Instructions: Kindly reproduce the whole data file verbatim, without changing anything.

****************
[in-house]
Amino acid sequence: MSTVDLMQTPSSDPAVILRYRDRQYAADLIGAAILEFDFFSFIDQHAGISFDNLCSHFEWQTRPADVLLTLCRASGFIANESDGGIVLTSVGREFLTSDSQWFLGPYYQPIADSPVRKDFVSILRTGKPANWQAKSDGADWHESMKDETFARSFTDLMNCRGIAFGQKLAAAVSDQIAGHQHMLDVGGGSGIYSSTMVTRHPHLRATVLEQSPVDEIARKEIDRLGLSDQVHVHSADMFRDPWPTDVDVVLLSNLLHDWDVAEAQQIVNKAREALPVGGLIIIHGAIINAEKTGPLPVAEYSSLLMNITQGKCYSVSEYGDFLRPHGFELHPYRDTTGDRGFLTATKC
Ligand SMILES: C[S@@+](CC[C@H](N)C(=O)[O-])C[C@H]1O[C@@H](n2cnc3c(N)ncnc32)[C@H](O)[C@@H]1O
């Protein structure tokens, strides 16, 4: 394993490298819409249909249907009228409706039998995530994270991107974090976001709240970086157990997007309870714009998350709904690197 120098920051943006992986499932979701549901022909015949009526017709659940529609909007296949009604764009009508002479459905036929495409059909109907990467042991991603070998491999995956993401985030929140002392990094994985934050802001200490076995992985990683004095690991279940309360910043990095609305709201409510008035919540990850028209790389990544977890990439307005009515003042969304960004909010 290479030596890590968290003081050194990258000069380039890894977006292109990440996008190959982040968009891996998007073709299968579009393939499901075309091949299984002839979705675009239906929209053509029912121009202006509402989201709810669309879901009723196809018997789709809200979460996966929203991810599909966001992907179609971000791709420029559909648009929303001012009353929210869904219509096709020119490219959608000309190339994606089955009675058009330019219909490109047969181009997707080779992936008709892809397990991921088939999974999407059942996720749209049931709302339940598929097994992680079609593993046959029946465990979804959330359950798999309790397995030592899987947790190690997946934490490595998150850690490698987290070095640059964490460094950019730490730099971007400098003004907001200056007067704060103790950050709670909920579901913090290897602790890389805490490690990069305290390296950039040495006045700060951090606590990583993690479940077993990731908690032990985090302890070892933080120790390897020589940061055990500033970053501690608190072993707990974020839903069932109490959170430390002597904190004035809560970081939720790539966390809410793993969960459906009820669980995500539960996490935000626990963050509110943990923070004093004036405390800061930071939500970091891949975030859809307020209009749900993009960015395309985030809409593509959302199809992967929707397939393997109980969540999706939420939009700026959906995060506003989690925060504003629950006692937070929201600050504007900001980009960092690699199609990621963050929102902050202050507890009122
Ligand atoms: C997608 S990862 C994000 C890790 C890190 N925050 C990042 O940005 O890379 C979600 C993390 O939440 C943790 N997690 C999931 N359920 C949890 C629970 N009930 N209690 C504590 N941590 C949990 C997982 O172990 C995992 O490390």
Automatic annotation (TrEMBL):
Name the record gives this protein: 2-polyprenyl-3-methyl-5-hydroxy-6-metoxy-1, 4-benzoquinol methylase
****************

[in-house]
Amino acid sequence: MSTVDLMQTPSSDPAVILRYRDRQYAADLIGAAILEFDFFSFIDQHAGISFDNLCSHFEWQTRPADVLLTLCRASGFIANESDGGIVLTSVGREFLTSDSQWFLGPYYQPIADSPVRKDFVSILRTGKPANWQAKSDGADWHESMKDETFARSFTDLMNCRGIAFGQKLAAAVSDQIAGHQHMLDVGGGSGIYSSTMVTRHPHLRATVLEQSPVDEIARKEIDRLGLSDQVHVHSADMFRDPWPTDVDVVLLSNLLHDWDVAEAQQIVNKAREALPVGGLIIIHGAIINAEKTGPLPVAEYSSLLMNITQGKCYSVSEYGDFLRPHGFELHPYRDTTGDRGFLTATKC
Ligand SMILES: C[S@@+](CC[C@H](N)C(=O)[O-])C[C@H]1O[C@@H](n2cnc3c(N)ncnc32)[C@H](O)[C@@H]1O
């Protein structure tokens, strides 16, 4: 394993490298819409249909249907009228409706039998995530994270991107974090976001709240970086157990997007309870714009998350709904690197 120098920051943006992986499932979701549901022909015949009526017709659940529609909007296949009604764009009508002479459905036929495409059909109907990467042991991603070998491999995956993401985030929140002392990094994985934050802001200490076995992985990683004095690991279940309360910043990095609305709201409510008035919540990850028209790389990544977890990439307005009515003042969304960004909010 290479030596890590968290003081050194990258000069380039890894977006292109990440996008190959982040968009891996998007073709299968579009393939499901075309091949299984002839979705675009239906929209053509029912121009202006509402989201709810669309879901009723196809018997789709809200979460996966929203991810599909966001992907179609971000791709420029559909648009929303001012009353929210869904219509096709020119490219959608000309190339994606089955009675058009330019219909490109047969181009997707080779992936008709892809397990991921088939999974999407059942996720749209049931709302339940598929097994992680079609593993046959029946465990979804959330359950798999309790397995030592899987947790190690997946934490490595998150850690490698987290070095640059964490460094950019730490730099971007400098003004907001200056007067704060103790950050709670909920579901913090290897602790890389805490490690990069305290390296950039040495006045700060951090606590990583993690479940077993990731908690032990985090302890070892933080120790390897020589940061055990500033970053501690608190072993707990974020839903069932109490959170430390002597904190004035809560970081939720790539966390809410793993969960459906009820669980995500539960996490935000626990963050509110943990923070004093004036405390800061930071939500970091891949975030859809307020209009749900993009960015395309985030809409593509959302199809992967929707397939393997109980969540999706939420939009700026959906995060506003989690925060504003629950006692937070929201600050504007900001980009960092690699199609990621963050929102902050202050507890009122
Ligand atoms: C997608 S990862 C994000 C890790 C890190 N925050 C990042 O940005 O890379 C979600 C993390 O939440 C943790 N997690 C999931 N359920 C949890 C629970 N009930 N209690 C504590 N941590 C949990 C997982 O172990 C995992 O490390």
Automatic annotation (TrEMBL):
Name the record gives this protein: 2-polyprenyl-3-methyl-5-hydroxy-6-metoxy-1, 4-benzoquinol methylase